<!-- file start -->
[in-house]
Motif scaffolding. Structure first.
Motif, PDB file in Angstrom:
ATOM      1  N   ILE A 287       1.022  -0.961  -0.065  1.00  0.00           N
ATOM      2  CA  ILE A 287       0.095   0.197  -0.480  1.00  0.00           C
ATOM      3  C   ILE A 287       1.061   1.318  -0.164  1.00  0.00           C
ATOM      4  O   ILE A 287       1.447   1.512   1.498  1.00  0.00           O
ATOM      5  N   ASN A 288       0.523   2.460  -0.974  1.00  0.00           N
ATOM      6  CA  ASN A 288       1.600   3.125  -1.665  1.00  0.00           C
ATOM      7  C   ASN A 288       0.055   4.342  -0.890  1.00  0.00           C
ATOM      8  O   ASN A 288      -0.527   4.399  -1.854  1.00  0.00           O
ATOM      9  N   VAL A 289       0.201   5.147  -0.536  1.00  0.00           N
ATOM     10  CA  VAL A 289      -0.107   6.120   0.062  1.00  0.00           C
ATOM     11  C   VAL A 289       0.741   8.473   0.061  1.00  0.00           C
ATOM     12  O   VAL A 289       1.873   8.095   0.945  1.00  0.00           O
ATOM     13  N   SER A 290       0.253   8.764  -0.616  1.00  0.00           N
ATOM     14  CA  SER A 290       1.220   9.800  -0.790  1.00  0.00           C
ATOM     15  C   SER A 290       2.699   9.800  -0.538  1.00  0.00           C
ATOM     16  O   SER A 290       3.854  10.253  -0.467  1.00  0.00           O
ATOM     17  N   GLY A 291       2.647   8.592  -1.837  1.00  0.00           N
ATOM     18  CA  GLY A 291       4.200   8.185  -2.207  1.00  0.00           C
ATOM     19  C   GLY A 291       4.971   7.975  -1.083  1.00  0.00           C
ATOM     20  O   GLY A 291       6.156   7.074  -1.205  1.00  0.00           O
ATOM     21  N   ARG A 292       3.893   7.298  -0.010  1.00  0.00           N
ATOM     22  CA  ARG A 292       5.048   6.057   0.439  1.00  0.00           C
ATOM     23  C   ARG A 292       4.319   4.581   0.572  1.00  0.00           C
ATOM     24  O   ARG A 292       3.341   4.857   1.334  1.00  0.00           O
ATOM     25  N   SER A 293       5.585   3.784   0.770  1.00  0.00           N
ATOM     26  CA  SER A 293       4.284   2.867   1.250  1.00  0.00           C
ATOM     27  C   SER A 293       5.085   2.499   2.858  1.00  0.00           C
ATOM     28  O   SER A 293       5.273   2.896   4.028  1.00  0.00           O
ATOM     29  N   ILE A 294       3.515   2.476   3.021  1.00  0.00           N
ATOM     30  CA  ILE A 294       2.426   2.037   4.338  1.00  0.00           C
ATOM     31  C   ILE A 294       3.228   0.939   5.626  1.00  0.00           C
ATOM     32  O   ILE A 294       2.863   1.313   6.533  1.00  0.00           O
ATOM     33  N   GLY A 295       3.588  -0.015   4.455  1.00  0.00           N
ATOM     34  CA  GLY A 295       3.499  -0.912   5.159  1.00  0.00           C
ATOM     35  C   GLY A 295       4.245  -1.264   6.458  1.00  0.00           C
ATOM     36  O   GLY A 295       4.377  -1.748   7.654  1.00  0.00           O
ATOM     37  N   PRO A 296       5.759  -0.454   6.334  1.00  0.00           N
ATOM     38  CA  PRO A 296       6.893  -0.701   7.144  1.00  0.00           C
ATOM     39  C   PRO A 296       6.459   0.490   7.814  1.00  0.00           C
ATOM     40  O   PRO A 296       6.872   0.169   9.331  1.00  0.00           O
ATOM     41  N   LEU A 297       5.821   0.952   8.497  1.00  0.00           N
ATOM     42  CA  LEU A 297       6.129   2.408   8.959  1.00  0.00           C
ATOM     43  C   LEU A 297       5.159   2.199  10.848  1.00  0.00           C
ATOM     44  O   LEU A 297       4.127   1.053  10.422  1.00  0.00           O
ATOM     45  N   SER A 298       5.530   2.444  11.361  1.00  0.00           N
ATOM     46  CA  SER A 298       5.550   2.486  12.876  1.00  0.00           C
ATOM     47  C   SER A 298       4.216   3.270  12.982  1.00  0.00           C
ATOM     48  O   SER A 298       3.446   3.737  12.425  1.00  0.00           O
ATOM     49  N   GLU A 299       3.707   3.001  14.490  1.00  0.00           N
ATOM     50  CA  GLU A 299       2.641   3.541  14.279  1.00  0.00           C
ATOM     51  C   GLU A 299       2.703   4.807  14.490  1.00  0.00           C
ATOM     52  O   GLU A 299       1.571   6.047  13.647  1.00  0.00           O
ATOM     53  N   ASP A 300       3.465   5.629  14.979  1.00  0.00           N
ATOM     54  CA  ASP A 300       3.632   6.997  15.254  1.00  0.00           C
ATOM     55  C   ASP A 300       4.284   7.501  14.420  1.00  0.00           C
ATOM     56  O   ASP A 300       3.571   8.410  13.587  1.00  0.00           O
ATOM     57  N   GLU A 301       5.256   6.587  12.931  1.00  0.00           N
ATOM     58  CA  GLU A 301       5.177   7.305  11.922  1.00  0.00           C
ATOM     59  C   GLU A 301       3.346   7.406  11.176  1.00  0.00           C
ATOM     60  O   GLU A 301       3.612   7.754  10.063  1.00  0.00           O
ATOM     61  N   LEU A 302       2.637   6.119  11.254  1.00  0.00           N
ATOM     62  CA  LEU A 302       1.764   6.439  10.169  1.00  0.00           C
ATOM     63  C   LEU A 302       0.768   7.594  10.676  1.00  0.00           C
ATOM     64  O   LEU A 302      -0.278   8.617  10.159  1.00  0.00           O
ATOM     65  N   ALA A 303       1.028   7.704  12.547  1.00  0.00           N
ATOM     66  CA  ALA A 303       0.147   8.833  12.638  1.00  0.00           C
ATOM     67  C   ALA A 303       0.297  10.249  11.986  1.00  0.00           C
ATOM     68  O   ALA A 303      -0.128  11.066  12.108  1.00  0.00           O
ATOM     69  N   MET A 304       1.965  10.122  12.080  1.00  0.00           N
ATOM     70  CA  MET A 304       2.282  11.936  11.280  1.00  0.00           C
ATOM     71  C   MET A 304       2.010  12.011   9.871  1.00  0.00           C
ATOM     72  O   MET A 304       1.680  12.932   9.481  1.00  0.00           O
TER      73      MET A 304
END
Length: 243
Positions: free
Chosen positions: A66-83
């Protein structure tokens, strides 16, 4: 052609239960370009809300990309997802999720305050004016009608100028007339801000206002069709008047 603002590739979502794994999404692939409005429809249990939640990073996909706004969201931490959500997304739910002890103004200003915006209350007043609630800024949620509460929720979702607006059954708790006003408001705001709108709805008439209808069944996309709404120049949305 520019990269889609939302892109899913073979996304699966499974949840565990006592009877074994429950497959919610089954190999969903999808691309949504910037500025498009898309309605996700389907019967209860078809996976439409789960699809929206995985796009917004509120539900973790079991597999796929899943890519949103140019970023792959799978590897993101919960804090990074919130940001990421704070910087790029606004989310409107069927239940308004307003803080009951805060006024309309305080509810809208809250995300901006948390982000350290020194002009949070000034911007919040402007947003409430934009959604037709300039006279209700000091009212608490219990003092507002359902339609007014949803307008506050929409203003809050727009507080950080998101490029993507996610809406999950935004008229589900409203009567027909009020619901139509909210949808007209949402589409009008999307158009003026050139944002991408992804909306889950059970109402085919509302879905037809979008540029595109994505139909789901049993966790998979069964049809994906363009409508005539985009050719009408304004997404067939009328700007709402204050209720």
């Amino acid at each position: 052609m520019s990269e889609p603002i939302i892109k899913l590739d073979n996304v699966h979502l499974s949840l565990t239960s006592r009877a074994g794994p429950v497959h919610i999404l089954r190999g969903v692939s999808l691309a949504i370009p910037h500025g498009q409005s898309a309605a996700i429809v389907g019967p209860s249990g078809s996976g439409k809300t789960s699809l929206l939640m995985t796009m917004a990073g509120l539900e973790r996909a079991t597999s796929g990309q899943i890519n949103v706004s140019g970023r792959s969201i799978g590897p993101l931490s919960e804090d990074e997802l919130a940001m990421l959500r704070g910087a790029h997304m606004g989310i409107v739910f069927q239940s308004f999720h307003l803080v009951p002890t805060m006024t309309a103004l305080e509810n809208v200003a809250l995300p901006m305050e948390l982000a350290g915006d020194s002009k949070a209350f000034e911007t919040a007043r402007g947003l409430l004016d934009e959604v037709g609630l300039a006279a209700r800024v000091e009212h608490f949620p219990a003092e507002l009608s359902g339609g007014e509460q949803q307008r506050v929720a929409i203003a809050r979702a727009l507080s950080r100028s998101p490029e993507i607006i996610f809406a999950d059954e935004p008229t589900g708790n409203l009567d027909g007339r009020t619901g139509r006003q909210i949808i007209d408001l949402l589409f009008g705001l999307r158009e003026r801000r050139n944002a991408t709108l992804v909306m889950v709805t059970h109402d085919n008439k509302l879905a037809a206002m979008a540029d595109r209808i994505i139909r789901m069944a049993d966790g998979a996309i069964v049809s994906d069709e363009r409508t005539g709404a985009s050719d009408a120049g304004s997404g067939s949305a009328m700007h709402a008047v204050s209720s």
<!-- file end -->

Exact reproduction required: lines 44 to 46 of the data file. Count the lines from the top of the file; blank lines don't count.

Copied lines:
ATOM     41  N   LEU A 297       5.821   0.952   8.497  1.00  0.00           N
ATOM     42  CA  LEU A 297       6.129   2.408   8.959  1.00  0.00           C
ATOM     43  C   LEU A 297       5.159   2.199  10.848  1.00  0.00           C